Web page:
Entry Level Truck Driving Jobs

As with any industry, the jobs you can get with little to no experience aren’t always jobs you want to keep. For freight carriers, there is a big risk associated with hiring on new drivers. Even though you have a CDL, you don’t have any road experience. The company can’t just send you out on the road with a few million dollars worth of equipment and freight, so they typically pair you up with a trainer, who they have to pay. Because new drivers are more likely to be involved in an accident, the carrier’s insurance rates will be higher. And since you’re new, who knows if you will actually like the job. Some people try trucking for a while, hate it and quit. For these reasons, a lot of companies won’t hire drivers with less than a year experience.

On the other hand, some large national carriers prefer to hire new drivers. Some of these carriers argue that they prefer to train people in their own practices and policies and not have to work with a previous employer’s conflicting training. Or, their business may compete on cost and they need to get the least expensive drivers possible: entry level drivers.


For many new drivers, a layoff or downturn in their previous job was what led them to trucking in the first place. If you’ve been out of work, your top priority is usually just getting “a job,” not “the job.”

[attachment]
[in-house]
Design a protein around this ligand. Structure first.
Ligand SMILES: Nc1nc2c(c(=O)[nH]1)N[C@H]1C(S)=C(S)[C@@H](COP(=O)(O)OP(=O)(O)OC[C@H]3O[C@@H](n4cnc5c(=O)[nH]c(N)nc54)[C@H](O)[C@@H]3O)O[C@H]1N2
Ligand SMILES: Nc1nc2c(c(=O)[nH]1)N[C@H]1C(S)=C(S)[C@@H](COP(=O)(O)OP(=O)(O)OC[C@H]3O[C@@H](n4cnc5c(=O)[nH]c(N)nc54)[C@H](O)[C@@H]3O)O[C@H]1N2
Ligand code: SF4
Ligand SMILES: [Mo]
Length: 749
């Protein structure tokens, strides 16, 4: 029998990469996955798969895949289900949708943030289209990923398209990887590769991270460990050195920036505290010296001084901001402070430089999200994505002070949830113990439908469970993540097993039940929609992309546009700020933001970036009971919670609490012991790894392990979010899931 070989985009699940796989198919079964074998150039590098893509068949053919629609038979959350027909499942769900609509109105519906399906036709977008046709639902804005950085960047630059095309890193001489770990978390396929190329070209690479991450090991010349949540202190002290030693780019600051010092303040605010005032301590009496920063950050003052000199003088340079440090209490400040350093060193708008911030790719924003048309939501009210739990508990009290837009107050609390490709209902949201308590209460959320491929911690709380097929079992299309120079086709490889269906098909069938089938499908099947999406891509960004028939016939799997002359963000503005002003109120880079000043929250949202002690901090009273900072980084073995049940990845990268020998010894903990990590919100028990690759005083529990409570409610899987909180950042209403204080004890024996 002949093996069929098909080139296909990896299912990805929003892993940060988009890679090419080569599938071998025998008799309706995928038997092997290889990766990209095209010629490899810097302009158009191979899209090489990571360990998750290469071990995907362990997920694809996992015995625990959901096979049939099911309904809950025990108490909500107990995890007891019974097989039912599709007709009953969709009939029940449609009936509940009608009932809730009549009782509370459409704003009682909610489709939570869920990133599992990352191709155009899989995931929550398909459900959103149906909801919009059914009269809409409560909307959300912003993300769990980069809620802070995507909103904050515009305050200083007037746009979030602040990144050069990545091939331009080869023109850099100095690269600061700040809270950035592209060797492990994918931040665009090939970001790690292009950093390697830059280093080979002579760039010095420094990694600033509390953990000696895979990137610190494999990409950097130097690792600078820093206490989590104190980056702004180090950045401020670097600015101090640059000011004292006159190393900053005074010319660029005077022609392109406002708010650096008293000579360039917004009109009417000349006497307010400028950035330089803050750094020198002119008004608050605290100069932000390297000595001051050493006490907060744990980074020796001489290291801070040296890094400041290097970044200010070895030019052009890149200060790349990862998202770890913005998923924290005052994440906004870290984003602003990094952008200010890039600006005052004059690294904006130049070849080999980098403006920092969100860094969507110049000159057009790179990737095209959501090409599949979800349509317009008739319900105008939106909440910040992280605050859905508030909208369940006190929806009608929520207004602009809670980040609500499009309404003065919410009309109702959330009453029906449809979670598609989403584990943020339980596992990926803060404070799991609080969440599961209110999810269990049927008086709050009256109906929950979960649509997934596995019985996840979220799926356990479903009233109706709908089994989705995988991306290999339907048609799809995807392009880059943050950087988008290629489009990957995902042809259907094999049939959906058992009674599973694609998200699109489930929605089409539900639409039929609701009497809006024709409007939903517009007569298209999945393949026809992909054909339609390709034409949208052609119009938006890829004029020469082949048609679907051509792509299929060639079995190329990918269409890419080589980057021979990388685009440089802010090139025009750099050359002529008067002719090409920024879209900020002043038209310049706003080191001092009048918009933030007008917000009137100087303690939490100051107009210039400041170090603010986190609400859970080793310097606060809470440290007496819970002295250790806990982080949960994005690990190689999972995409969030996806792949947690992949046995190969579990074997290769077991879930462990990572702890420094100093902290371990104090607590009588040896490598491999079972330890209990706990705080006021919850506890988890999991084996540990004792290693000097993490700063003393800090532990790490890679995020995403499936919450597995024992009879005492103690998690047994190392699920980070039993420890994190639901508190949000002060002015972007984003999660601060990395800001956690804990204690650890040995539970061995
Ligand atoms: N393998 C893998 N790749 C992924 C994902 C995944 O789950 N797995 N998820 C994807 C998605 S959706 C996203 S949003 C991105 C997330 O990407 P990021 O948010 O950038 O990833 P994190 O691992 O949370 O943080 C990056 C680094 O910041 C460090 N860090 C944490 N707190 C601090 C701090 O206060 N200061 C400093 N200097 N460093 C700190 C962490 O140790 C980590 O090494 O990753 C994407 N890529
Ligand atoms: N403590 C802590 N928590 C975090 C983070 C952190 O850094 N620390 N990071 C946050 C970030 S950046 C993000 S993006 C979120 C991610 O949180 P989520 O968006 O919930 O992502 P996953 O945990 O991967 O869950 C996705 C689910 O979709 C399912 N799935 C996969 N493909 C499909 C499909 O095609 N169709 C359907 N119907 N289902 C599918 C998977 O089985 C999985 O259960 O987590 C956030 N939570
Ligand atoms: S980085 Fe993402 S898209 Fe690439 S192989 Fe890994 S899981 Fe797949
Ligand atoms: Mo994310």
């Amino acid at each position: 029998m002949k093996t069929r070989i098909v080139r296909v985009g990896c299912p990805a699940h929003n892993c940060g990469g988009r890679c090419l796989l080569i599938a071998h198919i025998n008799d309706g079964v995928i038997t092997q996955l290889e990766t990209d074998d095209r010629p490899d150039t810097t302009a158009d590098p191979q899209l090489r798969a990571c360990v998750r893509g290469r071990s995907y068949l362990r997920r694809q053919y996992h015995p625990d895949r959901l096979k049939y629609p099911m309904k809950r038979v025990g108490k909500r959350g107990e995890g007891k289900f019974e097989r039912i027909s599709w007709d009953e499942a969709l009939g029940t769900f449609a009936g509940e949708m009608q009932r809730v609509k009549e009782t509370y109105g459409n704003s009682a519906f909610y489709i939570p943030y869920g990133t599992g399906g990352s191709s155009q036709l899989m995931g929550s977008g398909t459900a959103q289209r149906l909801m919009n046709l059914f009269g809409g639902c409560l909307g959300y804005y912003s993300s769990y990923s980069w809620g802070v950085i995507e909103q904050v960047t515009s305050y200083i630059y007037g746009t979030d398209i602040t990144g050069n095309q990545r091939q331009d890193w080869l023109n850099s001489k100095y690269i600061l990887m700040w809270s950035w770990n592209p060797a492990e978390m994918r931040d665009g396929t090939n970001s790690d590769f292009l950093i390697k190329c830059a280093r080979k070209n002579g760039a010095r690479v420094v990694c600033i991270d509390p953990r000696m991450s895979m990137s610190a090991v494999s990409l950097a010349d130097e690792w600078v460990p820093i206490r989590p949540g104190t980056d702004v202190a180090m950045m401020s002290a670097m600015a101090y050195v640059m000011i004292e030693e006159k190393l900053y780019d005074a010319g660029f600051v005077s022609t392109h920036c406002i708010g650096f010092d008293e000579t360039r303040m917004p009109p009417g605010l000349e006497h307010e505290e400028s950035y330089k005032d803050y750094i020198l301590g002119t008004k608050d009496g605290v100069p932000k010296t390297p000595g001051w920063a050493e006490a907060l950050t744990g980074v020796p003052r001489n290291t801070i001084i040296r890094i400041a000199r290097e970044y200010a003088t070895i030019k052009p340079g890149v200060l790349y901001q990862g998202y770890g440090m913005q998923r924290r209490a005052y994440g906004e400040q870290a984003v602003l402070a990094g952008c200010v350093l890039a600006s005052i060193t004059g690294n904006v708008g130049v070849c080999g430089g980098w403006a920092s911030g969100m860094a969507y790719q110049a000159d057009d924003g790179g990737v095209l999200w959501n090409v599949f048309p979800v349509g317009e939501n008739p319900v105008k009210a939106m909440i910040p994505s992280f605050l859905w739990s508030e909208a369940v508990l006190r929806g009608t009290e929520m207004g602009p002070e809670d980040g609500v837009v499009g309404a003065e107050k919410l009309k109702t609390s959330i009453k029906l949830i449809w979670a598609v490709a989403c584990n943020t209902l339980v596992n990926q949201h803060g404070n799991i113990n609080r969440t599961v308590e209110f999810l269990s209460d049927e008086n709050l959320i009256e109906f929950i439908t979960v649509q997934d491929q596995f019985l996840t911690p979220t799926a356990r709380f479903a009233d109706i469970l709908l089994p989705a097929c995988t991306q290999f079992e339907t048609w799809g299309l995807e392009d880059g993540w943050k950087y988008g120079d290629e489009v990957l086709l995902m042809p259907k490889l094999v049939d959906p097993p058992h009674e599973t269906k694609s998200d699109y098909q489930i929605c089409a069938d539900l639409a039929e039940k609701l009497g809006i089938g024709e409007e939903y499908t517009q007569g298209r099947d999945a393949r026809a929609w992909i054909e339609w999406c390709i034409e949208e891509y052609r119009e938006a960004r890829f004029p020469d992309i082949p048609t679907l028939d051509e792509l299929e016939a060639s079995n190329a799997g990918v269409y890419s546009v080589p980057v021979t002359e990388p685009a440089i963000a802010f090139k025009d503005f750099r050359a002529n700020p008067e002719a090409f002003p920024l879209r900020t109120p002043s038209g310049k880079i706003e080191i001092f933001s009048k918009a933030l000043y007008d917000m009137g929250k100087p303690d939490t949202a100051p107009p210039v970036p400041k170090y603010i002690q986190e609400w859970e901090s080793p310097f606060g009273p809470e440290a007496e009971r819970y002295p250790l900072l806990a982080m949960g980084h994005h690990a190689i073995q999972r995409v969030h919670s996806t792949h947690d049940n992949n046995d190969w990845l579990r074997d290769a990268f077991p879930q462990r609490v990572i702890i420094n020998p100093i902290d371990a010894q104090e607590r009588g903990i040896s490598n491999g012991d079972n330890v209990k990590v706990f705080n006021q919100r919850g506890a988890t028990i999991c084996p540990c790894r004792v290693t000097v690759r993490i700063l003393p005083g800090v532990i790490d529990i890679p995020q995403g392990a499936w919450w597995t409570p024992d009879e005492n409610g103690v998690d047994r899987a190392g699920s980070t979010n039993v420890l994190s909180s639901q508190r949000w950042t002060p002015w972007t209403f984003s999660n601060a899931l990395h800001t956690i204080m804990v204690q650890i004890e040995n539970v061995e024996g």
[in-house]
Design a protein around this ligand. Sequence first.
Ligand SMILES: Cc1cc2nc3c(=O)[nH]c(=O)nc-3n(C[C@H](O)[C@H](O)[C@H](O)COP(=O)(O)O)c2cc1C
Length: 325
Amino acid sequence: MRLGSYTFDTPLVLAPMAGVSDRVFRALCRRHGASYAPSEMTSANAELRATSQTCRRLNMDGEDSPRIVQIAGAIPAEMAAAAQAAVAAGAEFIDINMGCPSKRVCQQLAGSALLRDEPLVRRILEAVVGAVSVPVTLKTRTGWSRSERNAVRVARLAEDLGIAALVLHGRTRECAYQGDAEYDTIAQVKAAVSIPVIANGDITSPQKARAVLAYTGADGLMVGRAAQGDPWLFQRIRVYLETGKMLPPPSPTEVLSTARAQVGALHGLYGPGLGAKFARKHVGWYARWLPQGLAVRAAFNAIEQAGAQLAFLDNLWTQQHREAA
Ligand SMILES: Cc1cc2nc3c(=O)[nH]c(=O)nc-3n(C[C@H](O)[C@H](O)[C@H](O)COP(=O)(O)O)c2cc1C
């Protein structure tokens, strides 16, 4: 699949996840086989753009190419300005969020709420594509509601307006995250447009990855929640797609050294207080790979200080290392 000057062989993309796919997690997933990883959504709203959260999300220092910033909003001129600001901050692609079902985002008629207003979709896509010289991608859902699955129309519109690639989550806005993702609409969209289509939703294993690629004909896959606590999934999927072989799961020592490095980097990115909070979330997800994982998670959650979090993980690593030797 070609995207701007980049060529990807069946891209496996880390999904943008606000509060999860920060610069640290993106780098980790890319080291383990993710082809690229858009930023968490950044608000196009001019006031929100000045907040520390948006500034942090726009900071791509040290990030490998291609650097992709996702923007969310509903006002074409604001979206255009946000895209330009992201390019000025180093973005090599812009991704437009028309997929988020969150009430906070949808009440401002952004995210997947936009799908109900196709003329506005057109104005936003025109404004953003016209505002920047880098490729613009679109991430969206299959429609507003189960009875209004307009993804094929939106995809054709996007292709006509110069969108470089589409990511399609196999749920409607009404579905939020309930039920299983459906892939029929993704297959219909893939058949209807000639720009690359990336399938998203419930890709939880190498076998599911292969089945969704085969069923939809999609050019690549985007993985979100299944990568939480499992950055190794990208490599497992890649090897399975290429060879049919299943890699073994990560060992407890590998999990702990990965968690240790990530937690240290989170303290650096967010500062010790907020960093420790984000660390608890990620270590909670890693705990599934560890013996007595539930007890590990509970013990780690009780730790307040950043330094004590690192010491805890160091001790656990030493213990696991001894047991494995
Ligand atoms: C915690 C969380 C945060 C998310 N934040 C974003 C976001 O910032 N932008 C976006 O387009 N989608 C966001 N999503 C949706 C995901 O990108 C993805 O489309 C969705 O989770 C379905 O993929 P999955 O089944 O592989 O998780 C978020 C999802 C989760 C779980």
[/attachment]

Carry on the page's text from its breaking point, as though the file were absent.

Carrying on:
For example, Micron Technology in Boise, Idaho, laid off about 3,500 workers in 2008 and 2009. Some of these displaced workers, along with struggling realtors and bankers tried their hand at trucking. At that time, a flood of recent grads hit the labor market all at once, which made it tough for anyone to find a job. Over time, these transitioned workers have been absorbed either into trucking or other jobs, and it’s getting easier for new CDL grads to find a job now.

Beginners often get the least desirable routes in the firm. You may get less miles (and therefore less money) than you want. You are unlikely to get freight that involves a bonus. You could spend excessive amounts of time laid over and waiting for dispatch to tell you where and when to pick up your next load. The company may cancel your leave at the last minute or leave you hanging around at home waiting for an assignment.

Many big companies practice forced dispatch, which means you have no right to refuse a load that’s been assigned to you. If, for example, you don’t like a certain customer or you aren’t properly rested and you can’t safely make the load, you can’t just say no when you work for a forced dispatch company. If you do, you might have to wait a day or more for another load. Some companies will carry a grudge for weeks, others may suspend or fire drivers for refusing a load. If you are working for a less-than-scrupulous company, forced dispatch could pressure you to violate hours-of-service rules. Fortunately, federal regulations are changing so that drivers’ violations now affect the carrier’s safety rating.

Entry-level truck driving jobs can be rough. It’s best to have realistic expectations and understand it’s just one year of your life and after that, things do get better. Depending on your personal preferences, after you get some experience, you might prefer to move into a shorter-haul job with a regular schedule and predictable home time. Or, you might look for a job that gives you longer routes and more miles.


Learn More: LGV Driving Jobs